On remand to the district court after the Federal Circuit’s en banc decision in Therasense v. Becton, Dickinson and Co., the district court reviewed the procedural posture of the case and the landmark Therasense decision. The district court noted that “Therasense worked a seismic shift in the law of inequitable conduct,” and particularly that “materiality would henceforth use a but-for definition, meaning that submission of the withheld item would have led to a rejection.” The district court also analyzed the decision including the closeness of the vote on the new standard, stating that “[d]espite the closeness of the decision and the importance of the question to our patent system and national economy, no petition for certiorari was filed in the Supreme Court.”
Before applying the facts to the new standard articulated by the Federal Circuit, the district court noted the Federal Circuit’s instructions on remand (1) that the “district court should determine whether there is clear an convincing evidence demonstrating that Sanghera or Pope knew of the EPO brief, knew of their materiality, and made the conscious decision not to disclose them in order to deceive the PTO” and (2) the “district court should determine whether the PTO would have granted the patent but for Abbott’s failure to disclose the EPO briefs. …”
After a hearing and multiple briefs, the district court addressed the questions presented on remand by first analyzing whether the withheld EPO briefs were material under the new but-for test. After reviewing the evidence, the district court concluded that there was clear and convincing evidence that the EPO briefs were material under the new but-for standard. “This order again makes the finding under the clear and convincing standard and further finds that the omission of the EPO briefs was but-for material, leading to the allowance of the ‘551 patent, that is, the examiner would not have finally allowed the ‘551 patent had the EPO briefs been submitted.”
In reaching this conclusion, the district court focused on Abbott’s argument to the PTO (made by an attorney and an expert through declaration) that the words “optionally, but preferably” in a prior art patent really meant given the state of the art “necessary.” The district court found that Abbott had made an argument directly contrary to this representation in the EPO briefs filed several years earlier in reference to the European counterpart to the prior art patent. In the EPO briefs, in order to distinguish different prior art, Abbott urged that the words “optionally, but preferably” unequivocally meant “optional.” The district court then found that had the PTO examiner been provided the withheld EPO briefs, he would not have allowed the ‘551 patent to issue because the EPO briefs would have reinforced the examiner’s expressed concerns regarding the “optionally, but preferably” language.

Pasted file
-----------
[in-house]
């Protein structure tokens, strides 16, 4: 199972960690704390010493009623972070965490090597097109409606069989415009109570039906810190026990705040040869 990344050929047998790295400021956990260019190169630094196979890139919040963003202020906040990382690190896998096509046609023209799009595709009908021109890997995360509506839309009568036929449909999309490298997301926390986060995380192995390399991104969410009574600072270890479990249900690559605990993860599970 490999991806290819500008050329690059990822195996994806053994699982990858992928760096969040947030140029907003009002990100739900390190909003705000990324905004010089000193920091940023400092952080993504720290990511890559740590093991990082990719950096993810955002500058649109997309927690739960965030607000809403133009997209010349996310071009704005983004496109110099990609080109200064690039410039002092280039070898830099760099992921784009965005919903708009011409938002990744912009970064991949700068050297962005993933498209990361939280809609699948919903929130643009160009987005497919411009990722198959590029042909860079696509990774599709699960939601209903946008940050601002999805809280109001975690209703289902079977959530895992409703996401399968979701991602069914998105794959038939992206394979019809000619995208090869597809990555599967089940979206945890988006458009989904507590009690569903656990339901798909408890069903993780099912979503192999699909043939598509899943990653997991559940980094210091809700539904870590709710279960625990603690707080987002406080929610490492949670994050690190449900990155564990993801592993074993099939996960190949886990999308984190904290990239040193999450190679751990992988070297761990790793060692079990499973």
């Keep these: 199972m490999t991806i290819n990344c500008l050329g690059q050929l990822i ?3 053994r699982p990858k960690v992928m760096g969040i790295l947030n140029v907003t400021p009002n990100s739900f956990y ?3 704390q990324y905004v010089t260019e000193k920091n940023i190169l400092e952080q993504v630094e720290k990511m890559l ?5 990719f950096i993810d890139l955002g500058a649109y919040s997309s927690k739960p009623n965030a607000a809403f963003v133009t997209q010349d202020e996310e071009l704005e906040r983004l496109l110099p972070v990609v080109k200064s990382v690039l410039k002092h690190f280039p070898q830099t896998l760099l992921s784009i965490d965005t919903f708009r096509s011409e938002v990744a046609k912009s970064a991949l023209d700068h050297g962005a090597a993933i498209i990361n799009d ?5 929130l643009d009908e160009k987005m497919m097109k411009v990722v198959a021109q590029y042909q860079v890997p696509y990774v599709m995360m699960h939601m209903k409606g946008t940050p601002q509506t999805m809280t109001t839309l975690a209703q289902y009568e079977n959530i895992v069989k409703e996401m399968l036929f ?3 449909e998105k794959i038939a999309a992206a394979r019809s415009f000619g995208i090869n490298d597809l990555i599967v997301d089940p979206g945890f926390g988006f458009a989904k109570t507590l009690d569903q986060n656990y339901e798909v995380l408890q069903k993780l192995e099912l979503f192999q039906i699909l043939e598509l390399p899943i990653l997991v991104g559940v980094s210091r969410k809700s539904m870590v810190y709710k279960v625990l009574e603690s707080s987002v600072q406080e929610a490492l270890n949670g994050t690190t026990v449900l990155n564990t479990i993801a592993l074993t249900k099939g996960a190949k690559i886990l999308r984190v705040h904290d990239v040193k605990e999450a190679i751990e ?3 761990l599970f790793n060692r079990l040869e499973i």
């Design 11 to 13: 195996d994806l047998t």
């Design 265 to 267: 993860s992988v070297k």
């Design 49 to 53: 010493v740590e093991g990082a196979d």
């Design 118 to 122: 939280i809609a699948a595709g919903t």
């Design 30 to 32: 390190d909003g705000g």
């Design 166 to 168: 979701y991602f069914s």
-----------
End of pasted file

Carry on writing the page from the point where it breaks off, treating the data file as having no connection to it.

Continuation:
Turning to the second question on remand, knowledge off but-for materiality, the district court found that both the attorney and the expert knew of the EPO briefs and made a conscious decision not to disclose them. The district court then stated that “the key question is: Did they know that disclosure of the EPO briefs would lead to a rejection?” The district court answered this question by finding that the lawyer and the expert “knew that if they had included the actual EPO briefs along with their actual PTO submissions, the examiner would have rejected the claims. . . . [they knew] the content of the EPO briefs and knew that the EPO briefs, standing alone, would so seriously undermine their submission that the examiner would have revered to unpatentability.”
The district court next examined the issue of specific intent to deceive. The district court found that clear and convincing evidence supported that the lawyer and expert had actual knowledge of the withheld EPO briefs, that they had actual knowledge of the materiality of the briefs and that they made a deliberate decision to withhold the evidence. The district court found that these three elements together were sufficient by themselves to establish a threshold case of specific intent to defraud. The district court then went on to find that based on the overall evidence “intent to deceive is the single most reasonable inference.” The district court found particularly important that “[a]t trial, Abbott chose affirmatively to introduce an explanation, going so far as to revoke its earlier promise and to insist that Attorney Pope be allowed to testify and to offer explanation beyond those in his deposition. This was allowed. This is not a case, therefore, where the patentee gave no explanation and its silence was held against it. Here, the patentee demanded to testify and the district court found (and finds again) that its story is not credible and the witness demeanor and was not favorable.”
Accordingly, the patent was declared invalid once again based on inequitable conduct.
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This will likely be a closely reviewed decision given the significance of the Therasense decision to change in the standard for proving inequitable conduct. It is particularly noteworthy because even with the change in the standard, the district court still concluded that there was clear and convincing evidence of inequitable conduct.
The authors of www.PatentLawyerBlog.com are patent trial lawyers at Jeffer Mangels Butler & Mitchell LLP. We represent inventors, patent owners and technology companies in patent licensing and litigation. Whether pursuing patent violations or defending infringement claims, we are aggressive and effective advocates for our clients. For more information contact Stan Gibson at 310.201.3548 or SGibson@jmbm.com.